Abstract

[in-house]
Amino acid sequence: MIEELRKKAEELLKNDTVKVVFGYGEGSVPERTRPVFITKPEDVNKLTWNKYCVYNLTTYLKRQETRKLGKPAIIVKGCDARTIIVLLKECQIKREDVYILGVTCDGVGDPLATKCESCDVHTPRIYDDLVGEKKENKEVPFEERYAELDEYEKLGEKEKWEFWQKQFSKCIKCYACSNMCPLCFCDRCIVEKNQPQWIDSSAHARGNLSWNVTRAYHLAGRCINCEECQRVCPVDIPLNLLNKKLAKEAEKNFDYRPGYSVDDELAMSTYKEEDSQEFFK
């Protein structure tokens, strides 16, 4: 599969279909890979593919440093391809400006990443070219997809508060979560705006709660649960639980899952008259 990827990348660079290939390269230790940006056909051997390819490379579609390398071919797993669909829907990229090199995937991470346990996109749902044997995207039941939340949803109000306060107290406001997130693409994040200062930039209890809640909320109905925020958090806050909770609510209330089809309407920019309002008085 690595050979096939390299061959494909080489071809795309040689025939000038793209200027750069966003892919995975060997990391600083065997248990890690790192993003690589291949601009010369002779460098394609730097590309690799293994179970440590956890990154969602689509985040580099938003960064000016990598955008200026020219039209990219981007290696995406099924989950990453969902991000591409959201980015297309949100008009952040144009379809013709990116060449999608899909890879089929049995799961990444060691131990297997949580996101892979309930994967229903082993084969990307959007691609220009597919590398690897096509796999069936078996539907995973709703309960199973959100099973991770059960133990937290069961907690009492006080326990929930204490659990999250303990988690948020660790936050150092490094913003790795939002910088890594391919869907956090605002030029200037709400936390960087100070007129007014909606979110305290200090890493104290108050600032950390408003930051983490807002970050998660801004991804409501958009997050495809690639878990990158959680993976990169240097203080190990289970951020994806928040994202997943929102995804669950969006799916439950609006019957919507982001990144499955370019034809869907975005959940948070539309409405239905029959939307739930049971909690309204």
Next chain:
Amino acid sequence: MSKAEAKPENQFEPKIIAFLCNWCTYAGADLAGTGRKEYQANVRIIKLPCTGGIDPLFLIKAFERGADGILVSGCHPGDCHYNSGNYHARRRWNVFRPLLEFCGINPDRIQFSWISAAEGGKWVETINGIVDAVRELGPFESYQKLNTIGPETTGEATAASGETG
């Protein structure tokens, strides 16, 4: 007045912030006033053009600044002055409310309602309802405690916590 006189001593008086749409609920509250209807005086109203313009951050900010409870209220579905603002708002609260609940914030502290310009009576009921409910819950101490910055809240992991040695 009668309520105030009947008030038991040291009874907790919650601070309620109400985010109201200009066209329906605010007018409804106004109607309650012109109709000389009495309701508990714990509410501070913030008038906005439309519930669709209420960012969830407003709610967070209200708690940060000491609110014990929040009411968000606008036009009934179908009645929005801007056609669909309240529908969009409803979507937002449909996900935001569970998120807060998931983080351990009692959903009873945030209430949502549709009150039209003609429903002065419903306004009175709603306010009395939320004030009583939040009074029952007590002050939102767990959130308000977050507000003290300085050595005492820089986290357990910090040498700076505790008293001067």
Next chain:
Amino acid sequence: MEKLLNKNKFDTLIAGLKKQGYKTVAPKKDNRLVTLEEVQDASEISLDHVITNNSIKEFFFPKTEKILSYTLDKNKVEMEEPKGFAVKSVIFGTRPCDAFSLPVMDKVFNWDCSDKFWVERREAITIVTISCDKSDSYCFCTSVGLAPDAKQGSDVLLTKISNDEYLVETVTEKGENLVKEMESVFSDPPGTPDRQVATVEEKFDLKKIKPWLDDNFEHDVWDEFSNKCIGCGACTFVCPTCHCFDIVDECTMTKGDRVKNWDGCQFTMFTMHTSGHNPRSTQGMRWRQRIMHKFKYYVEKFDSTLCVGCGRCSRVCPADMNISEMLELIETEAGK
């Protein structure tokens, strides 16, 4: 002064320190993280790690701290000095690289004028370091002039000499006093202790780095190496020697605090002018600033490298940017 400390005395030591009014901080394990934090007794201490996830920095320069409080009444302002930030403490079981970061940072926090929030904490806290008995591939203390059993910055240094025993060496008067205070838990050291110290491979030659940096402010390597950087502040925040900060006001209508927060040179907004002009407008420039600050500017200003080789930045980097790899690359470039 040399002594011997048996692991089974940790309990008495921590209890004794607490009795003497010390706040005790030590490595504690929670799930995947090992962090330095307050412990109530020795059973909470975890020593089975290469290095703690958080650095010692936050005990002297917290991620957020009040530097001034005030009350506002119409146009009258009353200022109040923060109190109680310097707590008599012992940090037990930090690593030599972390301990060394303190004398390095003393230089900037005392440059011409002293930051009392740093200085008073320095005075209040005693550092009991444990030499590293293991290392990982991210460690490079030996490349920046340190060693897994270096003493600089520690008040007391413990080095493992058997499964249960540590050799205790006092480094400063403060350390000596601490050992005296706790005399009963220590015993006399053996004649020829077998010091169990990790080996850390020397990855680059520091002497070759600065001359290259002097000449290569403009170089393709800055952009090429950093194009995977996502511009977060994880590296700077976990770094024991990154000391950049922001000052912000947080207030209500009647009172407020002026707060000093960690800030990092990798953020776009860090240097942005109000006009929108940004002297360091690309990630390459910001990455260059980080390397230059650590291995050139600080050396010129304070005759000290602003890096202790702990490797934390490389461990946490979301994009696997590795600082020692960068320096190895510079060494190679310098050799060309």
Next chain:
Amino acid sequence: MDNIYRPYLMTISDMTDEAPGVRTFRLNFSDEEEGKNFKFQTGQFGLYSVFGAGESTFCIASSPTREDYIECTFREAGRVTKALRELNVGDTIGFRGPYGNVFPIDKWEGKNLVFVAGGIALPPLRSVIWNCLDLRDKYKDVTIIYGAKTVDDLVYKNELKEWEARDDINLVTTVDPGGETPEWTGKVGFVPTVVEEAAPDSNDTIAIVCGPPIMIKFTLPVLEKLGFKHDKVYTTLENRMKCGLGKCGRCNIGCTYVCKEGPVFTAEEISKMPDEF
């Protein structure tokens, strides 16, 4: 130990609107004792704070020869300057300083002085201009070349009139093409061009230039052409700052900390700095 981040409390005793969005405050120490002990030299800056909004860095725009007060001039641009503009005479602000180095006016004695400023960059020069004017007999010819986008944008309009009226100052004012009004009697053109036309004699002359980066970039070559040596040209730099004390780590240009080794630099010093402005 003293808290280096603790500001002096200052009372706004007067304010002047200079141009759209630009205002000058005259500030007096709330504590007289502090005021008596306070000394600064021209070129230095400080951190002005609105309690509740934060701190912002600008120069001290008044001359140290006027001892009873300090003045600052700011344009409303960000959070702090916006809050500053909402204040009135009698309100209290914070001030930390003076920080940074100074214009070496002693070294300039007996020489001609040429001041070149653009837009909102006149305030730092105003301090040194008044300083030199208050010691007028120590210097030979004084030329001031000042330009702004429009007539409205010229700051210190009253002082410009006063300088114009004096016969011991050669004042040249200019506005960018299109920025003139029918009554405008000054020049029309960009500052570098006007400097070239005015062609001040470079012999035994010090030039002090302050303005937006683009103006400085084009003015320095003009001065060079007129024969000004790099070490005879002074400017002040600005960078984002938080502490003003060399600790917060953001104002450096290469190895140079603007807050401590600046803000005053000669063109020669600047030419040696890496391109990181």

The drag produced by the northward movement of the Indian plate has caused the Indoburman Ranges, an accretionary prism, to decouple from the Burma plate along the Kabaw fault, and the Burma plate itself has decoupled from the Eastern Highlands of Burma along the Sagaing fault. The Indoburman Ranges have probably been dragged north slightly ahead of the Burma plate, although at times the two plates may have locked together to move as one unit. It is suggested that the double arc formed by the Indoburman Ranges and the Andaman-Nicobar-Sumatra islands was formerly one large single arc. Northward translation of this larger single arcuate structure has caused the tail end of the arc, i.e., the Andaman-Nicobar-Sumatra section, to rotate into the Burma plate, causing a bending of the arc to form the present double arc and compression within the Burma plate to form the Pegu Yoma folding. Northward movement of the Burma plate has also resulted in offset by over 400 km of the Irrawaddy River from its former connection through the channel of what is now the Chindwin River.

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